We had announced that for every day that an assignment is late,
students will lose 10% of their score for that assignment.

As you might have predicted,
there were several student groups who submitted their assignments late.
The problem is that some of these students
have sent me e-mails begging me
not to impose the penalty for late submission.
They gave reasons such as:

  • The original PDF file which we submitted was corrupted,
    so after the deadline, we had to submit the PDF again
  • There were some technical problems with the original video link,
    so we had to upload a new video and are now sending you the new link
  • The project was due at 9 PM, and we submitted it at 9 PM
    (see our screenshot!) but the system marked it as late

Initially, I told them that
they will be penalized as specified in the policy,
in order to be fair to the students who did submit their work on time.
However, the students continued to say that
I should be more considerate or fair.

In my mind, I want to say to these students,
“Stop wasting my time arguing for marks!”
But this doesn’t seem to be
the right way for me to respond to the students.
How should I respond to these students
who keep on asking me not to penalize them
when the penalty is deserved?

Background

I received an email from a student a few days ago, and I have been mulling over it over the holiday.

Without disclosing too much of it, the student (who is quite weak) compared my class to his other classes (incidentally, taught by older male colleagues), and suggested that my teaching methods are not up to par (I receive stellar evaluations each semester). In particular, he had complaints about my syllabus, where not enough emphasis was placed on homework, and told me that “no one else does it this way.” However, I had taken the syllabus from a male colleague, and when I told him this, he apologized and backed off.

On reflection, I feel that he backed off because I named a very senior male professor who had done the same thing, and to criticize me was to criticize him. It feels sexist to me (I am female).

Actual question

In the spirit of fighting sexism, I feel that I should maybe say something. But on the other hand, as a person on the higher end of the power spectrum, I feel that I would be bullying the student if I were calling him out on his sexist remarks (which he is probably not aware of).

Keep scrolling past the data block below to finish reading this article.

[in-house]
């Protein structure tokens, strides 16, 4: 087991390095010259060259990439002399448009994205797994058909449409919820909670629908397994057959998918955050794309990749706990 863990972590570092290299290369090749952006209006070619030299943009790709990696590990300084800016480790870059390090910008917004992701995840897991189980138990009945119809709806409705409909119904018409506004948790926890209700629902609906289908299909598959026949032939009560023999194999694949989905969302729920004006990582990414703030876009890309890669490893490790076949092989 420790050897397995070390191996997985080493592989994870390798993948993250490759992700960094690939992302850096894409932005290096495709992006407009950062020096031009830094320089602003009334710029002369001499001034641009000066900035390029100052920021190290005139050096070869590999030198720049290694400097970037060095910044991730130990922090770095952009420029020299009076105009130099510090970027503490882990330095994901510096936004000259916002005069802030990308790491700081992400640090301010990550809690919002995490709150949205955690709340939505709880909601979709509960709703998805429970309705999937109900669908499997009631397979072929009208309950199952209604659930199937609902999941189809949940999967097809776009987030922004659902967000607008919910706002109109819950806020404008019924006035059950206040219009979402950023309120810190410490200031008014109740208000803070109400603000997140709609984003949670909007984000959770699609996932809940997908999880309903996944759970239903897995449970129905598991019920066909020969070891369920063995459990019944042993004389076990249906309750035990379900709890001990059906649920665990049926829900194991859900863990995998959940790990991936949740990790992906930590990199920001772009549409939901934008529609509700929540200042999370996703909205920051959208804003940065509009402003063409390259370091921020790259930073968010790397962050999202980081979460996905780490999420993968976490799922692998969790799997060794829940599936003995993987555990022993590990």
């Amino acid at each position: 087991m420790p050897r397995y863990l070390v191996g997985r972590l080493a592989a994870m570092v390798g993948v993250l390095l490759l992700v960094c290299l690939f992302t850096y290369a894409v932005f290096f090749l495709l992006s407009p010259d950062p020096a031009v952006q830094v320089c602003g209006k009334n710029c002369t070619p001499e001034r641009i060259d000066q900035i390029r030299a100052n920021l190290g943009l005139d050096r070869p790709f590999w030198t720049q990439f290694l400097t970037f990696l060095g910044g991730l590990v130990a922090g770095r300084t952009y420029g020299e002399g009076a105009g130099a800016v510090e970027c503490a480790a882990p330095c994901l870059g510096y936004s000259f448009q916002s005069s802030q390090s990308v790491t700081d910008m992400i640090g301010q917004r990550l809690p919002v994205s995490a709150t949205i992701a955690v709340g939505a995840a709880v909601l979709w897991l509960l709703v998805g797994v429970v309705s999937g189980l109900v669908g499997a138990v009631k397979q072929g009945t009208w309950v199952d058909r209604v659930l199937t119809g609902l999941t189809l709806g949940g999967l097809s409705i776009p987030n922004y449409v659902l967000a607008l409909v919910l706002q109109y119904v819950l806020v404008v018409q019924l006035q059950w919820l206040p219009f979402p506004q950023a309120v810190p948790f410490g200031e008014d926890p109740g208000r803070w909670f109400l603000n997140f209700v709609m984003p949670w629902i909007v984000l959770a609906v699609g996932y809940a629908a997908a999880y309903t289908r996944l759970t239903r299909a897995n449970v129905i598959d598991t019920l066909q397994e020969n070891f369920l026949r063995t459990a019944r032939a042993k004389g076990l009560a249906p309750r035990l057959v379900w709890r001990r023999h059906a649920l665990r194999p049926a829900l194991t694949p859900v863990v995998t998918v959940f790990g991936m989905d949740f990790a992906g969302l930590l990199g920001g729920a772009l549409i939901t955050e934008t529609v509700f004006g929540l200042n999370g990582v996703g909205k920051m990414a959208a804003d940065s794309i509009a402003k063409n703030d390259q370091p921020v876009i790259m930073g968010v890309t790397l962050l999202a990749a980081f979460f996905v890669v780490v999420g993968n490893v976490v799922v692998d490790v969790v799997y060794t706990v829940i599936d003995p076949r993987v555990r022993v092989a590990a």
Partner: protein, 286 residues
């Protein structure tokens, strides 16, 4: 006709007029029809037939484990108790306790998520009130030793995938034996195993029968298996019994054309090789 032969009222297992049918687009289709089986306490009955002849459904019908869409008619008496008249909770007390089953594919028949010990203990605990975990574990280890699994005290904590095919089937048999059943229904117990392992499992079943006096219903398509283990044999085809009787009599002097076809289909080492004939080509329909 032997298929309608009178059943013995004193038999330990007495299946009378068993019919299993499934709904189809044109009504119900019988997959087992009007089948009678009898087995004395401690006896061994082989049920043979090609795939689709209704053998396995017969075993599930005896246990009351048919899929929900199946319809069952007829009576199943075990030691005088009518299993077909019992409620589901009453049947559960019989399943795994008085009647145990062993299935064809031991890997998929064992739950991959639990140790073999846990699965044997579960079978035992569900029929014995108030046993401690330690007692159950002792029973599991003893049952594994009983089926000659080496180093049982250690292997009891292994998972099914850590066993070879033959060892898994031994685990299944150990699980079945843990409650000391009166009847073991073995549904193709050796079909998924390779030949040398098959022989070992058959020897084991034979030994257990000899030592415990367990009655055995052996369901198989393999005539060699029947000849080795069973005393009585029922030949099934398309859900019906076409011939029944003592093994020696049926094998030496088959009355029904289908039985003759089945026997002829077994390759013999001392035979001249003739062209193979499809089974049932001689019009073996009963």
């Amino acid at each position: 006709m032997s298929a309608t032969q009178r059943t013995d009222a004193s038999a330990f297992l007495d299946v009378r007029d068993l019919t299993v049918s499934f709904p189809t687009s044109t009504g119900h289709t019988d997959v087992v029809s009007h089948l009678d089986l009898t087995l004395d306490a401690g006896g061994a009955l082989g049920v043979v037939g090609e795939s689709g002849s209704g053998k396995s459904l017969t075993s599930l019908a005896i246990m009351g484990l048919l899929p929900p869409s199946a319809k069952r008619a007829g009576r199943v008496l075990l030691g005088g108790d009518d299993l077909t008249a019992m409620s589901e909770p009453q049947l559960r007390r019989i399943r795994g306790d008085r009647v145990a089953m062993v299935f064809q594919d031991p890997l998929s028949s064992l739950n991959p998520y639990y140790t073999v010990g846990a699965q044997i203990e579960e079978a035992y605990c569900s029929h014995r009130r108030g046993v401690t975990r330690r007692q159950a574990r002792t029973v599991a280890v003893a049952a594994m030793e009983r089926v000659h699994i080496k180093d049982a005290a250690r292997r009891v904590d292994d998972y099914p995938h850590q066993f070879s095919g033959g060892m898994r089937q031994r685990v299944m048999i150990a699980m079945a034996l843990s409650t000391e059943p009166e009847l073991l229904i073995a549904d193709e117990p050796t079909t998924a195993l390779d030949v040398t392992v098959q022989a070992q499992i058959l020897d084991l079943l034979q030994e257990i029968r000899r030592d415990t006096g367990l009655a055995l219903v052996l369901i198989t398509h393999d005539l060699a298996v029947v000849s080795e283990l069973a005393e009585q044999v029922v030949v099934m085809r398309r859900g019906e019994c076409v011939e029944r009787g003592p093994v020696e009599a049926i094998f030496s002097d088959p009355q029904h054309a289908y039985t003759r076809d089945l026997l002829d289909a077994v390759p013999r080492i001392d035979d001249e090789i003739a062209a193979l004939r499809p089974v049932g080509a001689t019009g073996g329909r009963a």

In the grand scheme of things, this is a minor issue, but this incident made me aware that even the young people can have sexist views, and that this will probably happen again in the future. So I am not necessarily soliciting an answer specific to my situation, but in a more general setting.

If I witness a student engaging in a sexist behavior, should I call him/her out? How can I do this without making the student feel intimidated? What would be the professional way to deal with such a situation.

In testing sessions that I proctor now, there are frequently one or more students who are not actually working on the test for extended periods of time. Perhaps they are just staring into space, or out the window, for most of the period. Or they may be holding the test paper up in the air and apparently scrutinizing it for a long period of time. Or a student may lean back in their chair and go soundly to sleep (that’s happened a few times this year, which I’d not seen before).

Frequently the paper I get back is mostly blank after an hour of inactivity like this. It puts me on edge because it’s so inexplicable, and it looks like the student is likely to be cheating and/or looking to send or receive signals from another student.

What is the best way to deal with inactive students in the testing session? Is it appropriate to demand that they leave the testing area if they’re not actively working? (Students are already told in advance that they can turn in their paper and leave as soon as they’re done with it.)

I’m teaching mostly lower-level mathematics at a large urban community college in the U.S.